Hlas: Sunday morning came down hard for Hawkeyes

Iowa has to get disgusted and mad this week

North Dakota State safety Robbie Grimsley (5) sacks Iowa Hawkeyes quarterback C.J. Beathard (16) late in the Bison's 23-21 win over the Hawkeyes Saturday at Kinnick Stadium. (Cliff Jette/The Gazette)
North Dakota State safety Robbie Grimsley (5) sacks Iowa Hawkeyes quarterback C.J. Beathard (16) late in the Bison's 23-21 win over the Hawkeyes Saturday at Kinnick Stadium. (Cliff Jette/The Gazette)

Well I woke up Sunday morning,

With no way to hold my head, that didn’t hurt — "Sunday Morning Coming Down," Kris Kristofferson

The Iowa football team’s pursuit of a perfect season lasted all the way into December last year, but didn’t make it to October this time around.

Unlike five occasions in the 2015 regular season when they went 12-0, the Hawkeyes were on the wrong side of a game decided by one score Saturday in Kinnick Stadium. Will North Dakota State’s 23-21 victory over Iowa be a pothole on the road to what still becomes a successful season for the Hawkeyes or does it signify more bad road ahead?

The Hawkeyes are allowing an average of 174.3 rushing yards per game, ranking them 91st nationally. That was after a homestand against Miami (Ohio), Iowa State and North Dakota State. Which suggests warning signs need to be placed on that road’s shoulder.

Iowa was 15th in the nation in rushing defense last year, surrendering an average of just 121.4 yards. That included eight conference games, the league-championship contest, and the Rose Bowl. Nine Big Ten games still await the Hawkeyes in 2016, starting Saturday at Rutgers.

It hadn’t been a deafening chorus, but I’ve have heard people say “Iowa got all the breaks in close games last year,” or variations of it. Don’t buy it. Good teams make their breaks, and always have.

The Hawkeyes were good last year, plenty good. They were 5-1 in games decided by one score, with the only loss the Big Ten championship against a Michigan State club that went 6-1 in one-score games. The Spartans were good, plenty good.


Nebraska, on the other hand, was 3-6 in one-score games and went 6-7. The Cornhuskers didn’t have “Sunday Morning Coming Down” stuck in their heads when they awakened the day after their 35-32 victory over Oregon in Lincoln Saturday. They knew the song by heart last fall.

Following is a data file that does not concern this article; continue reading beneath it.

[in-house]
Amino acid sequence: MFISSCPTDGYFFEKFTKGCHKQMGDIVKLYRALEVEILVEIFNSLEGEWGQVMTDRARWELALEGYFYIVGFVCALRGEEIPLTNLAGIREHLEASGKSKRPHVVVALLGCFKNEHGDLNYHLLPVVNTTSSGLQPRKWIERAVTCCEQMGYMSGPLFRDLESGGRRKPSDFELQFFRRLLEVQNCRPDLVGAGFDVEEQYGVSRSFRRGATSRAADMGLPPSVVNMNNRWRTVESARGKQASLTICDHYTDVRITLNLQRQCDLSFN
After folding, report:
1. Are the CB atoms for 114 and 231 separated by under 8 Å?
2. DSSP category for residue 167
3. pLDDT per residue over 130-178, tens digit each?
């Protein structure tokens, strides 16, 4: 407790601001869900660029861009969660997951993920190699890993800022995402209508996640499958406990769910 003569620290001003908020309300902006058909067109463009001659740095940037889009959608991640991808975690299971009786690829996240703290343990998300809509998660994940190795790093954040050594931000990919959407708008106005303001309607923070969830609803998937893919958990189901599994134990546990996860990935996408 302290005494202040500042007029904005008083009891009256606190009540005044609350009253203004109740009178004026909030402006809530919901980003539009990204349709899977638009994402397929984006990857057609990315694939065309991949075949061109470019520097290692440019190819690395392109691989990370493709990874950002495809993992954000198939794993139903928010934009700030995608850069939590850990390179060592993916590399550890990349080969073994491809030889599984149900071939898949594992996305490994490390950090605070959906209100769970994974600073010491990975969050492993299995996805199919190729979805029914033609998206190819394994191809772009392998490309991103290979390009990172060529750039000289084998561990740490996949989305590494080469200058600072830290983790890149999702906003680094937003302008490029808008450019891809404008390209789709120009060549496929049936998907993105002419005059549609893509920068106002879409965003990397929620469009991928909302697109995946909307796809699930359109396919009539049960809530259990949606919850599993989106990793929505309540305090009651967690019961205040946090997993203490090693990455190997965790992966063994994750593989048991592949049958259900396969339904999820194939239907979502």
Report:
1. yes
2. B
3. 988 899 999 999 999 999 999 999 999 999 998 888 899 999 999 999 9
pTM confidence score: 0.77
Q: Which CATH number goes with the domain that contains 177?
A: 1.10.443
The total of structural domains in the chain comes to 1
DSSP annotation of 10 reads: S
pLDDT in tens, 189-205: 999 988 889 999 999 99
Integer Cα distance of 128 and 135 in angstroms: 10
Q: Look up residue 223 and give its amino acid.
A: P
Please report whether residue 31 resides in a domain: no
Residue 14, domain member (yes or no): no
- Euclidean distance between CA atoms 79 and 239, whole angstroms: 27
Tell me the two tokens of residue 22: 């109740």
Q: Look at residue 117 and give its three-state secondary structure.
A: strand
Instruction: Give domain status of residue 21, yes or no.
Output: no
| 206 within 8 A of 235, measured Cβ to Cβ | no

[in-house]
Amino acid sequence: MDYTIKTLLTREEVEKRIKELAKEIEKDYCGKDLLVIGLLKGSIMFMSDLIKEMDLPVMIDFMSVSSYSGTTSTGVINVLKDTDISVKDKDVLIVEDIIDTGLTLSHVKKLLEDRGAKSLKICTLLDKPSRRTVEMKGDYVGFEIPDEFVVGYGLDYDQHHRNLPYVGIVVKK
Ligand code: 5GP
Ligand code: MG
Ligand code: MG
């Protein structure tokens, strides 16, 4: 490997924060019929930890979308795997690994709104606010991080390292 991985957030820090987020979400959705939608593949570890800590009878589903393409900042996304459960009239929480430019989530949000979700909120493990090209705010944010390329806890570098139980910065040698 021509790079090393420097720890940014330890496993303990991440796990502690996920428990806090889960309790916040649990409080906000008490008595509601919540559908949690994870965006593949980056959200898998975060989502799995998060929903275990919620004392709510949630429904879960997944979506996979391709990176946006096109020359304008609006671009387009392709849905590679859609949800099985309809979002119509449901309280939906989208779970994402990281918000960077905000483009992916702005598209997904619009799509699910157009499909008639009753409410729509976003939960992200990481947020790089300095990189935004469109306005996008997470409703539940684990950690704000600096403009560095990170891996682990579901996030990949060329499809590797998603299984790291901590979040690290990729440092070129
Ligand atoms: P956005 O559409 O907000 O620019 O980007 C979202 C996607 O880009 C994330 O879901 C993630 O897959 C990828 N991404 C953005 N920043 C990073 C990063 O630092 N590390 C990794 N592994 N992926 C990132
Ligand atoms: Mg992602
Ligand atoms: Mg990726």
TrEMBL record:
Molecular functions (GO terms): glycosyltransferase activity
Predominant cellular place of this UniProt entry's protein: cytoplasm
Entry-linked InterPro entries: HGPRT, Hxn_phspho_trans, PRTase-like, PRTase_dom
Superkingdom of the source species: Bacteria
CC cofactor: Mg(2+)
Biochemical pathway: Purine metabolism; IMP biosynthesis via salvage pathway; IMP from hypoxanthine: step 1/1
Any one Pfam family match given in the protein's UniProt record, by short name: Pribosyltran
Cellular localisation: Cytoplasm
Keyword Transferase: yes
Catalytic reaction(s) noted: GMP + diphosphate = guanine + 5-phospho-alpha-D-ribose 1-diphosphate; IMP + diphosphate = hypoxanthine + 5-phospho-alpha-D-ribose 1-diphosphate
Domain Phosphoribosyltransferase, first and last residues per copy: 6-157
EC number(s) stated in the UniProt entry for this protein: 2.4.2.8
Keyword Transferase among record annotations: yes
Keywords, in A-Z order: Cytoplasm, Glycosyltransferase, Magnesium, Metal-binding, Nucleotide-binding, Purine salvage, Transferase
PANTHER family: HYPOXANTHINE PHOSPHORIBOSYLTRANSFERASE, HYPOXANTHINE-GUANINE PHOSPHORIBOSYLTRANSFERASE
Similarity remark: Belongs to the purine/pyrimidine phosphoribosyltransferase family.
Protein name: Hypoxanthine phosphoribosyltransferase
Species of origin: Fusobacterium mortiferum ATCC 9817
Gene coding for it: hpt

Here we are entering Week 4 and the Big Ten season. Iowa is 0-1 in close games, 0-1 in the only game it’s played so far that anyone will remember when the season’s over. The takeaway shouldn’t be that the Hawkeyes dropped a squeaker to the FCS champs, but that it could have been worse. They got outgained by 132 yards and had the ball for only 39 percent of the game.

Iowa led 14-7 at halftime, but dodged lots of raindrops on a blue-sky day. Its first offensive play of the game would have gone for 40, 50, maybe even 98 yards, but C.J. Beathard overshot wide-open George Kittle at the Iowa 22. The Hawkeyes went 3-and-out.

After that, in the first half alone … NDSU didn’t score after getting inside the Iowa 35 on its first two drives … Kittle went for 51 yards on a completion, fumbled while getting tackled, but teammate Jerminic Smith recovered. … Smith and Akrum Wadley had back-to-back drops of on-target Beathard passes …

But then came the second half, and NDSU had touchdown drives of 65 and 80 yards and muffled Iowa’s offense on all but one second-half drive. The Bison absolutely owned the fourth quarter. It would have been poetic injustice had Cam Pedersen not made that last-second, game-winning field goal.

Now, Saturday’s Iowa-Rutgers game looms even larger than just being the Big Ten-opener. The Hawkeyes need to win, and need a week of growth.

Many touted teams that lost early-season games they were supposed to win regrouped to have satisfying seasons. For others, a big misstep like Iowa’s on Saturday was a sign of what was ahead.

Rather than wallowing in it, the Hawkeyes need to shelve their usual even-keel approach for a week and make disgust and anger work for them. Otherwise, it wont be the last time they think there’s something in a Sunday that makes a body feel alone.



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